While I deeply appreciate the time, work and effort which have gone into the new, stricter, diagnostic criteria I have to admit I’m hugely disappointed. That no co-morbid symptoms have been included is truly heart-breaking. I had my first bowel problem aged 3, decades before my joints began to play up. I don’t know anyone with EDS that doesn’t have gut issues, yet apparently there is “not enough evidence” to include gut symptoms in the diagnostic criteria. Just speak to patients, you’d find all the evidence you need! No mention of POTS or dysautonomia, chronic fatigue, migraine/chronic headache, eye problems like astigmatism, excessive floaters or blue sclera and no mention of terrible proprioception (causing clumsiness) all of which if you speak to patients are very common. And if they aren’t mentioned in diagnostic criteria you can bet your life they won’t be treated, and treating my co-morbid symptoms, in particular gut problems, is more important to me than my joint hypermobility because they are much more troublesome. In the webinar, the speakers say that co-morbid conditions have not been left out and lots of time was taken to include managing them in the papers. But here’s the reality – they have been left out of the diagnostic criteria, so uninformed doctors will say “they’re not related” and not take them into account when treating EDS. It’s been hard enough all these years to prove that gut issues, chronic fatigue and spinal instability are part and parcel of EDS for most patients and all this work is now undone. To think otherwise is naive.
No mention of a positive Gorlin’s sign which demonstrates lax tissue unassociated with a joint. No mention of a positive Reverse Namaska sign, which demonstrates hypermobility of shoulders (which are excluded from the Beighton Scale). And most importantly, no mention of mast cell activation disorder, despite one leader researcher hypothesising it might affect as many as 1 in 10 EDS patients.
Whilst I understand there isn’t a huge amount of research evidence into the cause of these “co-morbid” symptoms (they’re not ‘conditions’ in their own right as specified in the paper, they are symptoms of EDS!), there is so much patient evidence that IMHO there should have been a section listing these symptoms and they should have been taken into account alongside the major criteria. Collagen is present throughout the entire body for heaven’s sake – to think that when it goes wrong only joints and skin would be affected is ludicrous. Leaving out the common systemic symptoms of EDS is, IMHO, hugely damaging to the patient population.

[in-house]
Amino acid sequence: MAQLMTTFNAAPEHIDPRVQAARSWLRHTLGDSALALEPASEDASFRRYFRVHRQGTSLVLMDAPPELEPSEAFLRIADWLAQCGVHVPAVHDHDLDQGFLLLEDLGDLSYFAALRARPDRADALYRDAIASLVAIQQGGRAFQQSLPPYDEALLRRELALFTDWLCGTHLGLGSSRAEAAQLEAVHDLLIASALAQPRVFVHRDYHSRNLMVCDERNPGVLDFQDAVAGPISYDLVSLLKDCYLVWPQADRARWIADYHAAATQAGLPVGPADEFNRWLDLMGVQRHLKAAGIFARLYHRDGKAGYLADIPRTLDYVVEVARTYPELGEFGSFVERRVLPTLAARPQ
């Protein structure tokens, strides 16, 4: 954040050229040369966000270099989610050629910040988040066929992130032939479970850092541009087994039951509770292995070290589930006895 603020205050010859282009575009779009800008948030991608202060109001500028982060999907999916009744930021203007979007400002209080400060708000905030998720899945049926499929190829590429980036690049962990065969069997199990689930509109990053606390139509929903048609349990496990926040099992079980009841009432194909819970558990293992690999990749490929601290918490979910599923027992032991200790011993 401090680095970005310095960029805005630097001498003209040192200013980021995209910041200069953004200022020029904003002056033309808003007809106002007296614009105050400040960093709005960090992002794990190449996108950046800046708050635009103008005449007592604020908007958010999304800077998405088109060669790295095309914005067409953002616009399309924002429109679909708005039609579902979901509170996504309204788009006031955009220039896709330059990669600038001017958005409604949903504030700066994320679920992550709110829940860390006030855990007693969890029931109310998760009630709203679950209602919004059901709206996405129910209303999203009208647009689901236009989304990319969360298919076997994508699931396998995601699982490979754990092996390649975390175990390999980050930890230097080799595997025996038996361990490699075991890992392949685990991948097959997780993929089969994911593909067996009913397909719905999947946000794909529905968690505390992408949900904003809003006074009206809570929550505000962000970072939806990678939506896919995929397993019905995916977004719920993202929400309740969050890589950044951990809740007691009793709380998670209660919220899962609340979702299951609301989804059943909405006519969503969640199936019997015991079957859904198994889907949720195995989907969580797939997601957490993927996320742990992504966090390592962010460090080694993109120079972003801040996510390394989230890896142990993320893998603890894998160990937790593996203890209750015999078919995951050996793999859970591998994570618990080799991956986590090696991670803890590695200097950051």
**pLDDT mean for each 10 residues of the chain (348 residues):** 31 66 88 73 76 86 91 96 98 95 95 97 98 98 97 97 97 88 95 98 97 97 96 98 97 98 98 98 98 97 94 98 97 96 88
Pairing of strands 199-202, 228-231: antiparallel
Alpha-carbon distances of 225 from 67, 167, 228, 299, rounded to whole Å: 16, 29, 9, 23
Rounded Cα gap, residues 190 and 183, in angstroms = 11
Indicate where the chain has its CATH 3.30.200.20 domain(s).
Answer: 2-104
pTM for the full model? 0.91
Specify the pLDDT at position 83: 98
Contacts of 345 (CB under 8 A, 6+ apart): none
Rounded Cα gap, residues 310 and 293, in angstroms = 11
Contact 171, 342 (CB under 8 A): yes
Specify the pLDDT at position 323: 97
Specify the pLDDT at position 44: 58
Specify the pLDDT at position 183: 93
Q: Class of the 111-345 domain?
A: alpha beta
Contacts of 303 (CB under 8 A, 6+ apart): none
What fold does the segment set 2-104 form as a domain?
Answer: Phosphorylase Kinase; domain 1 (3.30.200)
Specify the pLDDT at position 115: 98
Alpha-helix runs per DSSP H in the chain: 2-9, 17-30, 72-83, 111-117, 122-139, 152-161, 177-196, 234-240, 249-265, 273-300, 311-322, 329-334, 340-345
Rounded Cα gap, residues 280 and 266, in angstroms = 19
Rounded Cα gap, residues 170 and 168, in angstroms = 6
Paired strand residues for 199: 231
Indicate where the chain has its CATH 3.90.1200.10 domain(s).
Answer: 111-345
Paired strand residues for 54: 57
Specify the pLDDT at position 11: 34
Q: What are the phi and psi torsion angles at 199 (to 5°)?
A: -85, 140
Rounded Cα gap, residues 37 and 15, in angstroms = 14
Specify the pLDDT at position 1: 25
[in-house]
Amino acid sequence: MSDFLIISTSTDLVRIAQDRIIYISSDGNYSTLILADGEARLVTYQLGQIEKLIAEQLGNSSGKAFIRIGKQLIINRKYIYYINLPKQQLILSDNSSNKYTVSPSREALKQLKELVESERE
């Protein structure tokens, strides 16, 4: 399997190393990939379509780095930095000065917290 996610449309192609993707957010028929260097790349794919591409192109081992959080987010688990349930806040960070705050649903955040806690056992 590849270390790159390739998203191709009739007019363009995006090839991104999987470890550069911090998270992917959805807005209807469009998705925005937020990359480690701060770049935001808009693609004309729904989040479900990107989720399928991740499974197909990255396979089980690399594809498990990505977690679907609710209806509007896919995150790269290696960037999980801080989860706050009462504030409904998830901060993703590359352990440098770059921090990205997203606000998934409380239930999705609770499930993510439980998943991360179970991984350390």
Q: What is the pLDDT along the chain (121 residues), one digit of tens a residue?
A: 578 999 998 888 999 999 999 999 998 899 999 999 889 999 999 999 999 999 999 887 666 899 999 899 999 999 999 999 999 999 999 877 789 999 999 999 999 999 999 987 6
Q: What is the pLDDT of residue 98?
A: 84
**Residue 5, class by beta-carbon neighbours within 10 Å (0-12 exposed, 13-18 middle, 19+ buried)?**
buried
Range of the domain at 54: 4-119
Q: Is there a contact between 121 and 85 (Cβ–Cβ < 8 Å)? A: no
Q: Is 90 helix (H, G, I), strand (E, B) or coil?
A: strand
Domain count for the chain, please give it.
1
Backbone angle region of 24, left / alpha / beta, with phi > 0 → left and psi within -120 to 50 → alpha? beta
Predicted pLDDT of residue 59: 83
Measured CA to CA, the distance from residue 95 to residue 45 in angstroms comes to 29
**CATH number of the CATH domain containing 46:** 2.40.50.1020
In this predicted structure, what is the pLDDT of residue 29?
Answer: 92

Based on the above, if I were to see my Rheumy now I’d fail the new criteria.
- On Criteria 1: I don’t score enough on the Beighton score because my affected joints aren’t listed, and I only score 2 from the new 5 point questionnaire.
- On Criteria 2: I only score 3 out of the 12 criteria. I can’t prove a family history, though I strongly suspect it. I fulfill the musculoskeletal criteria. So if I can’t prove my family history I fail on Criteria 2.
- On Criteria 3: I was never tested for other disorders, so I fail on these being excluded.
So as of today I no longer officially have hEDS. Only of course I bloody do, and that’s a huge problem. Even my Rheumatologist said I was a text-book case! The whole point of the new crtieria is to make diagnosis easier and able to be performed by any doctor. However, if I were trying to get diagnosed today I’d still need to see a Rheumy very clued up on EDS who didn’t stick strictly to the Beighton score but took other joints into account too. If that happened I’d pass Criteria 1. If the Consultant took time to take a detailed family history I’d probably pass Criteria 2 – but being as though most consultations take less than 15 minutes that’s never going to happen. Ditto criteria 3, at least not on the NHS in Britain. Rheumatologist don’t know enough to rule out other diseases which aren’t usually classed as under the rheumatology umbrella, so I’ve no idea how anyone here in the UK is supposed to fulfill criteria 3.
For patients not meeting the new criteria there is now a new diagnosis: Hypermobility Spectrum Disorder (Joint Hypermobility Syndrome has been relegated to history). Only I don’t fit this either, so if I were chasing a diagnosis today I’d be left out in limbo, which is what this new diagnostic criteria is supposed to avoid! God help us all is my response to the new criteria and today I literally want to burst into tears in despair.